Hands on: LG OLED65C9 4K OLED (2019) review

A new year, a smarter, more powerful range of OLED TVs from LG

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  • Brilliant blacks
  • Some neat new features
  • HDMI 2.1 connectivity


  • Sound quality is an unknown

LG’s rollable 4K OLED TV might have grabbed a lot of headlines at CES 2019 but, assuming its a) very expensive and b) not out until the second half of this year, it’s the company’s bread and butter OLEDs will be the big sellers this year.

And if previous years are anything to go by, the sweetspot will most likely be the C9 range. LG’s C8 line from 2018 won all manner of awards at both 65in and 55in screen sizes, so we're keen to see what the new range has to offer. In fact, we're so keen, we made a bee-line straight for the 65in version for some hands on time at the LG booth.

LG OLED65C9 design and build

Design and build

While the general appearance of the C9’s 4K OLED panel looks identical to its C8 predecessor, 2019 sees a tweak to the TV’s stand. Well, it does on the 65in and 55in C9s. The 77in model has the same stand as the C8 with a recessed channel that runs along the width of the TV.

The stand fitted to the LG OLED55C9 and OLED65C9 models resembles the narrow, angled Blade-slim design from 2017. We assume the size of the 77in C9 means the old-style stand offers more support, but we’ve asked LG for clarification.

LG OLED65C9 features


LG’s taking a two-pronged approach to boosting the performance of its OLED TVs in 2019 including the OLED65C9 and it's all powered by the company’s second generation Alpha 9 processing engine.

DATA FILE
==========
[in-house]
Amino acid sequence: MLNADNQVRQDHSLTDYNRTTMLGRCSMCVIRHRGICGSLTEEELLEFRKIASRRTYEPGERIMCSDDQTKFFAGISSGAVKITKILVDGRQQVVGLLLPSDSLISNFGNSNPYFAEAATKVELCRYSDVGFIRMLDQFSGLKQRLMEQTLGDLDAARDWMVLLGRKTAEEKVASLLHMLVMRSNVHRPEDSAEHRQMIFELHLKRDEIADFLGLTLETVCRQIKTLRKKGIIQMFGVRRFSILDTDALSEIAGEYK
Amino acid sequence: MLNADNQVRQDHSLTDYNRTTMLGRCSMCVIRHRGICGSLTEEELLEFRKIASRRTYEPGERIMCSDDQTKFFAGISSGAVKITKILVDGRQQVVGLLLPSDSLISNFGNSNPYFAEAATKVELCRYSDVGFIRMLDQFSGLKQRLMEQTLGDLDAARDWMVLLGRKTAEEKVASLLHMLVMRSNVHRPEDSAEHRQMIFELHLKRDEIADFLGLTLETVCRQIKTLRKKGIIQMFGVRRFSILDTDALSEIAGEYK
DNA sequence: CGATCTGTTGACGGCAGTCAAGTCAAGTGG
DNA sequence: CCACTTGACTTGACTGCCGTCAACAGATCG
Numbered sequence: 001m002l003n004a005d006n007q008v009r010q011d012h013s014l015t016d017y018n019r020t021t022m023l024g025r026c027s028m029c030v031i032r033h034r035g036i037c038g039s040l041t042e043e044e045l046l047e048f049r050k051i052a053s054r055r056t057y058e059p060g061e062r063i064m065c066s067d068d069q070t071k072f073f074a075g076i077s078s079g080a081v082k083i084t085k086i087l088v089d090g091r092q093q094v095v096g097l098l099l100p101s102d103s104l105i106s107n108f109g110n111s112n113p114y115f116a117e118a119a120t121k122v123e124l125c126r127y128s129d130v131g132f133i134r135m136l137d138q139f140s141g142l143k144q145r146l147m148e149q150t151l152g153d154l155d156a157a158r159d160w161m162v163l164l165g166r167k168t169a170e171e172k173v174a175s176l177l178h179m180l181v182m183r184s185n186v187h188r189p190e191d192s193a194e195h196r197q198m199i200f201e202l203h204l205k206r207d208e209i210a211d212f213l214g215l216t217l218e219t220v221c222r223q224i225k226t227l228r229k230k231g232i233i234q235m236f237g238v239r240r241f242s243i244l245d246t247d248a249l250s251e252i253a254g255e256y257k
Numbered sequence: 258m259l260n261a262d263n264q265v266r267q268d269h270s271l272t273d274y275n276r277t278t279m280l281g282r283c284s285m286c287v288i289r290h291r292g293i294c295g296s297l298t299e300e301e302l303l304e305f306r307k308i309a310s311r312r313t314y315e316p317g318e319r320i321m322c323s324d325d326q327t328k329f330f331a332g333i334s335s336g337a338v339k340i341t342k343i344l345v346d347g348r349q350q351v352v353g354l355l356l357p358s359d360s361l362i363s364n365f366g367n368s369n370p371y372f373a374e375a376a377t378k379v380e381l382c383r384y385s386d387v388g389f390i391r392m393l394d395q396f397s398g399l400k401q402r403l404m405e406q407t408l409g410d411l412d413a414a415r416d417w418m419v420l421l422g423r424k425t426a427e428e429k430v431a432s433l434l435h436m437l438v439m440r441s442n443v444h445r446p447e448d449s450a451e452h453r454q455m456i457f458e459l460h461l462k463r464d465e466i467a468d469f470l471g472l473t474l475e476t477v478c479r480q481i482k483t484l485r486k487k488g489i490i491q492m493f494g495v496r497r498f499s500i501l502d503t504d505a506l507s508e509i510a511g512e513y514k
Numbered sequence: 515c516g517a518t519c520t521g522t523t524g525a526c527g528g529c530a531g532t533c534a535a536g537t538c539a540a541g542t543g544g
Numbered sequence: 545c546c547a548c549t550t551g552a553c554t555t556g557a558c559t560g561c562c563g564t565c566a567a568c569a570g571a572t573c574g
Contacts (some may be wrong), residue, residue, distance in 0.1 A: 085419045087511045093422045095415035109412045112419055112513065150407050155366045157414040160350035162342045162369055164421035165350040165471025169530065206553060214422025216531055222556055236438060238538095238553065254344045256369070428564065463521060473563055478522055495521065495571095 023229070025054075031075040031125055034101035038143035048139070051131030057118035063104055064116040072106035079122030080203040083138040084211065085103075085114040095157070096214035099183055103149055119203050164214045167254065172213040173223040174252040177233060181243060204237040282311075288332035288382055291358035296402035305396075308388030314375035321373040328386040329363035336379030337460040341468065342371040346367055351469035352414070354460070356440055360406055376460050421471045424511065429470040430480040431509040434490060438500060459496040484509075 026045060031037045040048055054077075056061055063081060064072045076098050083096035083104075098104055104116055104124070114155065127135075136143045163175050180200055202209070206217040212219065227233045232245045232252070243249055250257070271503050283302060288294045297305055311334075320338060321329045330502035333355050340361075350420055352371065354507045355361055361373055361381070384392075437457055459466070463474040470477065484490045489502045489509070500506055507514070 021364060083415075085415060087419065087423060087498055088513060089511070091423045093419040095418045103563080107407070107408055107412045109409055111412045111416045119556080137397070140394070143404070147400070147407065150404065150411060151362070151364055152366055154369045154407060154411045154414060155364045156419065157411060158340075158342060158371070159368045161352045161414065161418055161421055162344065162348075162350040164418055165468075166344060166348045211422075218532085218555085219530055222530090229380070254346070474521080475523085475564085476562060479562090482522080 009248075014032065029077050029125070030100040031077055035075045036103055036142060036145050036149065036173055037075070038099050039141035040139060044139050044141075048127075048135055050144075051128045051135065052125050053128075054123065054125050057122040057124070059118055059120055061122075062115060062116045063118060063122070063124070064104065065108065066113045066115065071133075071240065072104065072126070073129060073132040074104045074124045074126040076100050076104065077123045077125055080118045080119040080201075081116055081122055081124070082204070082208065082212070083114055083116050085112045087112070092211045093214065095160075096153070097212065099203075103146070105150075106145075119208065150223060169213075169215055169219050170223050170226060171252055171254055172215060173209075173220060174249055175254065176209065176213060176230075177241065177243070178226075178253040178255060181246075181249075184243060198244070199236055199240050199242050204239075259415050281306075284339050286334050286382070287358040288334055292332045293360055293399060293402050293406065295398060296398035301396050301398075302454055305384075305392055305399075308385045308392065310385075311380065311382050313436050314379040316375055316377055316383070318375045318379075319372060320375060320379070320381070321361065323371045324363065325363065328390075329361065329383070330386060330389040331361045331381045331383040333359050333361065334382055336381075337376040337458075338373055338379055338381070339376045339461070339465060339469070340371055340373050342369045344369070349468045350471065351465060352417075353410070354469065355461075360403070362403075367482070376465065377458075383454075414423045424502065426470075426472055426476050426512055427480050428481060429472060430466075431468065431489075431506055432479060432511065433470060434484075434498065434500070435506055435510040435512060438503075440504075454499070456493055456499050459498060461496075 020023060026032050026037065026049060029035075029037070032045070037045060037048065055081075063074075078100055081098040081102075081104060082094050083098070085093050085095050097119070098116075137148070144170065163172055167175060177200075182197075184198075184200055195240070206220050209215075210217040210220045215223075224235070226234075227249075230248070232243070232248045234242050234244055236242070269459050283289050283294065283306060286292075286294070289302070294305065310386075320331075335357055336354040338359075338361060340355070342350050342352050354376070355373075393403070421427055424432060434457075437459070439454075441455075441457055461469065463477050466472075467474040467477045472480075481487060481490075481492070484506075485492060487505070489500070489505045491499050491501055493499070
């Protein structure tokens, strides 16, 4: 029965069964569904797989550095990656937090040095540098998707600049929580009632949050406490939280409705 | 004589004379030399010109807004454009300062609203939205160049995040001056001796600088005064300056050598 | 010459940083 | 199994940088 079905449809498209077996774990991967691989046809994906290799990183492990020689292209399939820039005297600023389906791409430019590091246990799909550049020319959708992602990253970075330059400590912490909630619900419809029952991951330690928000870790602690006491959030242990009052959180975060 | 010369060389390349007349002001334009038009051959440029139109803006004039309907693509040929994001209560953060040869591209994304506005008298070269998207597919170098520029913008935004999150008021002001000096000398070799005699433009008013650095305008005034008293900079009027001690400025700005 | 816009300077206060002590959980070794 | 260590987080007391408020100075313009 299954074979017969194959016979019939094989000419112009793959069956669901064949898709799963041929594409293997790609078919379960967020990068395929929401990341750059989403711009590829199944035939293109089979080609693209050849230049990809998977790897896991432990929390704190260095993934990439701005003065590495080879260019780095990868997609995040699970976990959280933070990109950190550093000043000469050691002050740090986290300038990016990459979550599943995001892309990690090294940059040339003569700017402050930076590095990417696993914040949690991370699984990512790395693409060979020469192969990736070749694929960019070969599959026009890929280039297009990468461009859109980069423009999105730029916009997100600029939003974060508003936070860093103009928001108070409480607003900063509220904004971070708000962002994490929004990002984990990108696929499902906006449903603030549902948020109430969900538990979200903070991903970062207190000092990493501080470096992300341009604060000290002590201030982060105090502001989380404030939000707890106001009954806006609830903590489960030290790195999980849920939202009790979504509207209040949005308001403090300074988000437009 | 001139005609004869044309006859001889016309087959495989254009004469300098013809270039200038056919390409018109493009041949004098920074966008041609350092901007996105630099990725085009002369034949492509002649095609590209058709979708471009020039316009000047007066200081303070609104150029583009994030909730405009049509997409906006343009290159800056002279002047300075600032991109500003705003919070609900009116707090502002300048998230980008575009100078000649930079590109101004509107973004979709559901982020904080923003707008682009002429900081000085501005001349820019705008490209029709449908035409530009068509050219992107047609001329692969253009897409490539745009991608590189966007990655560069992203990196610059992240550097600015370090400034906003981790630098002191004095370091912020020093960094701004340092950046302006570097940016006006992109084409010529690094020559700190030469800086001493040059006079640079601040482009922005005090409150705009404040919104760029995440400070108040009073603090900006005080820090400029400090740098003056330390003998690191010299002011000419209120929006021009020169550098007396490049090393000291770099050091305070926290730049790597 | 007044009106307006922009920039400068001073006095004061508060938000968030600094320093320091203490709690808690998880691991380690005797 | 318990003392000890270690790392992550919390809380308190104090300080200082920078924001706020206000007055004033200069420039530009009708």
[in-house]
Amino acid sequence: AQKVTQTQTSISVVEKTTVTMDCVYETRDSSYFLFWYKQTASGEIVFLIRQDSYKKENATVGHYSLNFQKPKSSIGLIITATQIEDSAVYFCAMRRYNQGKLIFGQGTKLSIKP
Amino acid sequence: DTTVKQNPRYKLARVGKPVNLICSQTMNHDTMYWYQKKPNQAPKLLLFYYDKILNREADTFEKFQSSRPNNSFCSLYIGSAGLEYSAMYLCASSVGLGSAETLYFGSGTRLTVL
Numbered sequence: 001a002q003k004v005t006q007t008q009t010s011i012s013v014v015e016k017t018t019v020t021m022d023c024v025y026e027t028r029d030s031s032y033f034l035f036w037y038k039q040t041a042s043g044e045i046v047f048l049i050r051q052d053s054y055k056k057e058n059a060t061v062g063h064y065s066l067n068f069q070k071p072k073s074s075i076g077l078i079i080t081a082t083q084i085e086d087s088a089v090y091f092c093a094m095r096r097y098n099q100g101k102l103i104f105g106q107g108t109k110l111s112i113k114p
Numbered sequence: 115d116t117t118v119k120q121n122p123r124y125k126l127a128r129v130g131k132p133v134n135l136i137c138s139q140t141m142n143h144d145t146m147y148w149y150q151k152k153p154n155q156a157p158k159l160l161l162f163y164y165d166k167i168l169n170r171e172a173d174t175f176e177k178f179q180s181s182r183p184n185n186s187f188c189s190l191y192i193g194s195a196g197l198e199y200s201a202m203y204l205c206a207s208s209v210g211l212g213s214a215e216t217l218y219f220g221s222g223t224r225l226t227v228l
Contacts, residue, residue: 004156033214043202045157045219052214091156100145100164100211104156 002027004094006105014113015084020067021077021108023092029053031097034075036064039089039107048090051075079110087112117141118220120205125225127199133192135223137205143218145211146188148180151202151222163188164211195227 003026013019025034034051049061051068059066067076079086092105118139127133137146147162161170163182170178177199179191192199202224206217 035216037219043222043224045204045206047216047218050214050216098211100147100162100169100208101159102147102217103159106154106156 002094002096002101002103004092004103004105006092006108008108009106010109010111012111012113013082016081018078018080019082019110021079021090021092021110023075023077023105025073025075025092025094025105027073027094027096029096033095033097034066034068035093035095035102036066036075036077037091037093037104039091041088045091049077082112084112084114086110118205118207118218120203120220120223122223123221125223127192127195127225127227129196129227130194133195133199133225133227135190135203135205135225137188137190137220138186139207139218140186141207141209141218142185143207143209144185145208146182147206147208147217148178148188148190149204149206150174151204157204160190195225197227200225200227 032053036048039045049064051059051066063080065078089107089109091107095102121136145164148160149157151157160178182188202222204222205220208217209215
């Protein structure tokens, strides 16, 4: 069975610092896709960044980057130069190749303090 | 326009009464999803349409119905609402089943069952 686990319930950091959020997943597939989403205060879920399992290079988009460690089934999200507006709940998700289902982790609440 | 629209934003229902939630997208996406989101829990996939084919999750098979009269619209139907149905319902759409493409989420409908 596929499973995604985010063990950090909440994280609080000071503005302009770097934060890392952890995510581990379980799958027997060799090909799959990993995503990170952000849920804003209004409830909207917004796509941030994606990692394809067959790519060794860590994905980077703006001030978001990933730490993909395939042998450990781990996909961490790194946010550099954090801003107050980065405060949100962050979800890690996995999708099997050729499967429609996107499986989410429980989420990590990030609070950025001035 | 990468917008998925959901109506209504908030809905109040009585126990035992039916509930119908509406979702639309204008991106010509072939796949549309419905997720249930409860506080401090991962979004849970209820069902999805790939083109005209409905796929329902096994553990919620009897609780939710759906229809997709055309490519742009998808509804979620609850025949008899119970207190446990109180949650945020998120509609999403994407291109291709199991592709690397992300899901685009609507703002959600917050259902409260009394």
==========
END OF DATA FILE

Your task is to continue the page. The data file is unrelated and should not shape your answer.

The first new element introduced by the new Alpha 9 chip is what LG calls ‘AI picture’. The TV’s processor optimises picture quality by consulting a look-up table of content and comparing it to the incoming signal. The TV then adjusts the picture automatically - it’s a similar approach to that taken by some rival TV manufacturers including Sony.

AI picture also features an advanced ambient light sensor built into the panel. It adjusts the TV’s tone mapping curve based on your lighting conditions and works on two levels depending on the content being shown. With SDR content it adjusts the general overall panel brightness, but with HDR content it can adjust the picture to an ever finer degree.

Going hand-in-hand with AI picture, is AI sound. With AI Sound,  2019 OLED models can now take a stereo signal and upmix it to virtual 5.1. The TVs can also recognise your room environment and acoustics and alter their sound accordingly. You did have the ability to tweak the audio in LG’s 2018 OLED TVs, but we’ve been told AI Audio takes the calibration to a higher level. Like its 2018 equivalent, the OLED65C9 supports Dolby Atmos.

WebOS, is still the OLED65C9’s primary operating system, but LG’s has also added what it calls a Home Dashboard. It’s a menu screen from which you can see and manage all your connected devices, including any sources you’ve got hooked up via HDMI, Bluetooth and any other smart home devices.

The Launcher Bar that runs along the bottom of the 65in C9‘s screen remains largely unchanged although a side by side comparison with last year’s C8 model will highlight a couple of small tweaks. The wedge of tiles that used to appear on the left side of the screen have been removed while the main tiles are slightly shorter on the 2019 version.